1930s Co-operative Store
Trolley system for payments
When I was about 11, in 1933, my mother took me to the Co-op in London Road, to buy my first pair of long trousers. At that time jeans had not yet been adopted for daily wear, they were just overalls for work. I was fascinated by the overhead trolleys that carried money from the desk where the purchase was made, to the central cashier. Apparently the cost of cash registers and training for the many cashiers that would be needed was too high, or the shop-workers could not be trusted with the job, so the management decided that a single cashier in the middle of the store was better.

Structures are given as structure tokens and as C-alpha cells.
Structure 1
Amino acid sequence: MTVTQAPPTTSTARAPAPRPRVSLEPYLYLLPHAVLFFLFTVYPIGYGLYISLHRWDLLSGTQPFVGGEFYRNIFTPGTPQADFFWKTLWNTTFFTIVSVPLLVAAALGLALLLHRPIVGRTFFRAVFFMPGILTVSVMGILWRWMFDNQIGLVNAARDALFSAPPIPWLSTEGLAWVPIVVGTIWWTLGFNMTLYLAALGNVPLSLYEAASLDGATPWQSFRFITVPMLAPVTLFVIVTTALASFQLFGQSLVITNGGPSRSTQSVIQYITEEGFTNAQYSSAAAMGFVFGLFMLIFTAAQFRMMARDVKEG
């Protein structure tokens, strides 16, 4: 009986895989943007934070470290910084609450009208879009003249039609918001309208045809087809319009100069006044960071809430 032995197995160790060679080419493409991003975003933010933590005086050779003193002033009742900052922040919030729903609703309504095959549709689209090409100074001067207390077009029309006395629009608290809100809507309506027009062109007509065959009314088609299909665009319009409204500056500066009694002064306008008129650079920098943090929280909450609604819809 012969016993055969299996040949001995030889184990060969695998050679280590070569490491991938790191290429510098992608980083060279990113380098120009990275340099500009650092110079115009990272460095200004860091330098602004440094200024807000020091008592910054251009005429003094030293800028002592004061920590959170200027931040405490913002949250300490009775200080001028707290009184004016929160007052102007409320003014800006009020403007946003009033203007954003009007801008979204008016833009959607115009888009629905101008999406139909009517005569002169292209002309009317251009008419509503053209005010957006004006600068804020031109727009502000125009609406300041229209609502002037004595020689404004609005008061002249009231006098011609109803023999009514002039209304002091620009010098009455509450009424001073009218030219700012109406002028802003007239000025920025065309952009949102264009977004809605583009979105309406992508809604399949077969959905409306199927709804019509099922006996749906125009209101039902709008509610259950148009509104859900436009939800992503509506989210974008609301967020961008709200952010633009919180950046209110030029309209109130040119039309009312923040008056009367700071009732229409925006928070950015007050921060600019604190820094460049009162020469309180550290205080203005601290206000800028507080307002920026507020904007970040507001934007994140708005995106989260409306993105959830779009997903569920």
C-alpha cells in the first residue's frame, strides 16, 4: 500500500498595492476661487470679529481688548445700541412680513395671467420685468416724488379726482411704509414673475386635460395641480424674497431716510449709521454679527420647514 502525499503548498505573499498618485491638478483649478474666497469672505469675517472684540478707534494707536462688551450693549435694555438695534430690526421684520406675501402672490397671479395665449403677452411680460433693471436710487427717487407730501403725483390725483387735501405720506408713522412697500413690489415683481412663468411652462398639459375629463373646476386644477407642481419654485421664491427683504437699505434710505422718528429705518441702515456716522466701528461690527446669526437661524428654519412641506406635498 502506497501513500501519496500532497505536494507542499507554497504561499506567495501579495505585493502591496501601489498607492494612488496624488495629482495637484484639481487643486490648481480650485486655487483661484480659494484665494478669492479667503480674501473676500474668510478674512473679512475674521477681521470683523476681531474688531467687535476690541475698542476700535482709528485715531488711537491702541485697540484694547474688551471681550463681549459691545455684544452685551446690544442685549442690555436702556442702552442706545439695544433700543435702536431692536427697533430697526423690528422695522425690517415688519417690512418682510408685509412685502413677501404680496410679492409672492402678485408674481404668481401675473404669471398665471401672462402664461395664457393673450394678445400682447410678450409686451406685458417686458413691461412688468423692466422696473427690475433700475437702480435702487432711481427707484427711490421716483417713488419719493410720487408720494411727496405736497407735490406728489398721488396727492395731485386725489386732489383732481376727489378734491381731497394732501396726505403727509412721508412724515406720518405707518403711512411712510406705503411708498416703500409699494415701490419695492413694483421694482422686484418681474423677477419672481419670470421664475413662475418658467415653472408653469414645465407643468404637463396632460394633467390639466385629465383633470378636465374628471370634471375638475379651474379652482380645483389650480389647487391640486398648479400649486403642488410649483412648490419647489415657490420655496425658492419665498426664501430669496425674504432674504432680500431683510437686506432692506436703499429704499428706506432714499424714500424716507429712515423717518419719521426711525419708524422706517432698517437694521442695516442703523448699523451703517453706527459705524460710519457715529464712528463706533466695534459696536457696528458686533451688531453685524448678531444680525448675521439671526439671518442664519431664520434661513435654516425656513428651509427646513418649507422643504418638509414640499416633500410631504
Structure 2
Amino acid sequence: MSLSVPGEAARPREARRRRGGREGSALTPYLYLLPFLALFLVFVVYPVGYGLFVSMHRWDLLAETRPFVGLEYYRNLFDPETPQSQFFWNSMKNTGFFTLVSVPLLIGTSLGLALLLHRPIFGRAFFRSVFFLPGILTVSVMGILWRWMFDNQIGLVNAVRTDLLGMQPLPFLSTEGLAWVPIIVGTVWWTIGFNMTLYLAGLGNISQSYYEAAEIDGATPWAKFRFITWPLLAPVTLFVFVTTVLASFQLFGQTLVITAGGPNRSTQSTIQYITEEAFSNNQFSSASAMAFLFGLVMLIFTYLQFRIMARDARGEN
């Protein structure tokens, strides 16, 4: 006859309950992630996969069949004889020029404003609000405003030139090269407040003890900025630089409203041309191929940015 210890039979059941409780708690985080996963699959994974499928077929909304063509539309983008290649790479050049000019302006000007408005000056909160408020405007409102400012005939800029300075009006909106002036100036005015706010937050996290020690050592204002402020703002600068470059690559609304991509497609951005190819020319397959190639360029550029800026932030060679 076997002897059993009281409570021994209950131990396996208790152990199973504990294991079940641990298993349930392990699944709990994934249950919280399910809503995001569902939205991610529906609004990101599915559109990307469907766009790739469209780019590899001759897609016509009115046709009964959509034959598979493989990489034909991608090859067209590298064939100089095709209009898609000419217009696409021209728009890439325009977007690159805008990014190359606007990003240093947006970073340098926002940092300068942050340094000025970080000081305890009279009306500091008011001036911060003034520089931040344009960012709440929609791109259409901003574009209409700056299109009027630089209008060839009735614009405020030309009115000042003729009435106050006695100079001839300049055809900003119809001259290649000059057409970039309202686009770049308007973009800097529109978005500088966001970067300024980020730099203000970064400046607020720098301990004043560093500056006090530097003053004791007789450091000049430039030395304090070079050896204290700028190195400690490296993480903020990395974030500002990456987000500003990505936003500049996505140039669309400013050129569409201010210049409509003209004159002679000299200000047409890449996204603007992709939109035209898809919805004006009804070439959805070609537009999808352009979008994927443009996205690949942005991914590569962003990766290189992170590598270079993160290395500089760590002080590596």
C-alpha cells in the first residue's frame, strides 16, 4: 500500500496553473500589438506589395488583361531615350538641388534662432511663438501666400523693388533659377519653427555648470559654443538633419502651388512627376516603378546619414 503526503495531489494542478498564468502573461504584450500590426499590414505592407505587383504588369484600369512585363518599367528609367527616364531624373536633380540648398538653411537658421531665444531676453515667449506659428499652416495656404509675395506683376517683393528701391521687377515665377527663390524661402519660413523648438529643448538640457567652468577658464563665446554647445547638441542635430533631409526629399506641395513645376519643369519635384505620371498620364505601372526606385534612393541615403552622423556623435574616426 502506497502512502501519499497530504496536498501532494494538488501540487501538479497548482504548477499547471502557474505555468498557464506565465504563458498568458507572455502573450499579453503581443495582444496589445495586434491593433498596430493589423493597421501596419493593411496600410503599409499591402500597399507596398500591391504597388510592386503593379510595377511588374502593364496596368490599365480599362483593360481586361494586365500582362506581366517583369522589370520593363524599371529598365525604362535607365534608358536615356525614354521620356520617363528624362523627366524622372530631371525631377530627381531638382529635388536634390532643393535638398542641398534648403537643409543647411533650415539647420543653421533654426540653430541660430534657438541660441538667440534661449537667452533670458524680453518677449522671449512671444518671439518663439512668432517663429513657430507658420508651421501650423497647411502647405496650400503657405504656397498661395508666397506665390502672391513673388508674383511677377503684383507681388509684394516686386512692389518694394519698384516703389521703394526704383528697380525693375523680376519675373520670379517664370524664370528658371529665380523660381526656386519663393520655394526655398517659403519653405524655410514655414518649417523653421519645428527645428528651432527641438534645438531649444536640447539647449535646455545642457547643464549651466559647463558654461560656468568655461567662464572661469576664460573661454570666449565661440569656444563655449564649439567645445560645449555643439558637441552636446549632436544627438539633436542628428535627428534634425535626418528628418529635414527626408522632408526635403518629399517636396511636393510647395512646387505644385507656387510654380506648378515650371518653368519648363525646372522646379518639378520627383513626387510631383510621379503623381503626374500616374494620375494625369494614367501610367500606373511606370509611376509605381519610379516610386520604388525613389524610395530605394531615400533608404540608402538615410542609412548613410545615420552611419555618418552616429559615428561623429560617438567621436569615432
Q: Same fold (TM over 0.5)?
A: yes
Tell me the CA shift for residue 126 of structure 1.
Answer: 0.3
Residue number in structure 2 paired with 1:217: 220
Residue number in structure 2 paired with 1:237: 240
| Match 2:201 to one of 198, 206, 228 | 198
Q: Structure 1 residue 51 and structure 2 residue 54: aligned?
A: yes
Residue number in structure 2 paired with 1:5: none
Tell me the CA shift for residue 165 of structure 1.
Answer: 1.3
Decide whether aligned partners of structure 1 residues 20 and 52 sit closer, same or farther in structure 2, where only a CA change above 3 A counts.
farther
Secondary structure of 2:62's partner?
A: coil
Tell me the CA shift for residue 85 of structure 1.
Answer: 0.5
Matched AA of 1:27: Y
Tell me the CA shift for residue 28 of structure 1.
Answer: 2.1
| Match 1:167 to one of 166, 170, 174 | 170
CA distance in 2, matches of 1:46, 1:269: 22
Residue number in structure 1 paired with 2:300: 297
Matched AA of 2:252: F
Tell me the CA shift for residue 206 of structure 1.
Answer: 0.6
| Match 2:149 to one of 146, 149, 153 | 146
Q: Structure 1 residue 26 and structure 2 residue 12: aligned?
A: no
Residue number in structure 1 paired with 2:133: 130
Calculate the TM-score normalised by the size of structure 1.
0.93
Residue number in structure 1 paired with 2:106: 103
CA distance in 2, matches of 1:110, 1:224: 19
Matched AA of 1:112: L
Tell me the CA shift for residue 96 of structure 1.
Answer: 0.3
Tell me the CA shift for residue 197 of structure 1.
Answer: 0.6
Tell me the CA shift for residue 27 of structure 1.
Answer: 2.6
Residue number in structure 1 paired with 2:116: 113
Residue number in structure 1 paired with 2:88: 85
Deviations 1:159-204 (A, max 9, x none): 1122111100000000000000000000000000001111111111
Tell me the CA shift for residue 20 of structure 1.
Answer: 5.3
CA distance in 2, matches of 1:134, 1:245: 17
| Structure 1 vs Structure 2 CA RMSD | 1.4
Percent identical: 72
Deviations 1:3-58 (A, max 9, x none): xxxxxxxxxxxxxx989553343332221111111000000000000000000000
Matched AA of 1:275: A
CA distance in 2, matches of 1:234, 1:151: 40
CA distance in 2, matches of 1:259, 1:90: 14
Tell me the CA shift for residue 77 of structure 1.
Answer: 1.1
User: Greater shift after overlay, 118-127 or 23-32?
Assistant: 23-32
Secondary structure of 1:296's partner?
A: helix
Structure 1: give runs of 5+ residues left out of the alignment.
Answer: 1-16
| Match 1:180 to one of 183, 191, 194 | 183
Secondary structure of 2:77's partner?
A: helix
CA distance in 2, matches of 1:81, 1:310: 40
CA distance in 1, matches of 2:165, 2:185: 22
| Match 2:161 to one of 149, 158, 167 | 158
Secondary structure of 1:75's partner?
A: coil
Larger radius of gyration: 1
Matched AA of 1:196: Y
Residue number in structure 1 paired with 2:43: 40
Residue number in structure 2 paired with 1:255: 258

Money sailing through the air
The shop-worker had to place our money and the bill she had written out, in a small cylindrical wood pot and attach it to the trolley above her head. Then she pulled on a cord, which released a spring of some sort, that sent the trolley sailing along a wire, over to the cashier’s station. A few minutes later, back came the trolley and the shop-worker removed the pot and emptied the contents on to the desk, giving us the change and a copy of the bill. In those days a pair of boy’s pants cost one shilling, eleven pence and three farthings. Just like now, everything was not quite a whole number of monetary units, but there was no sales tax to calculate.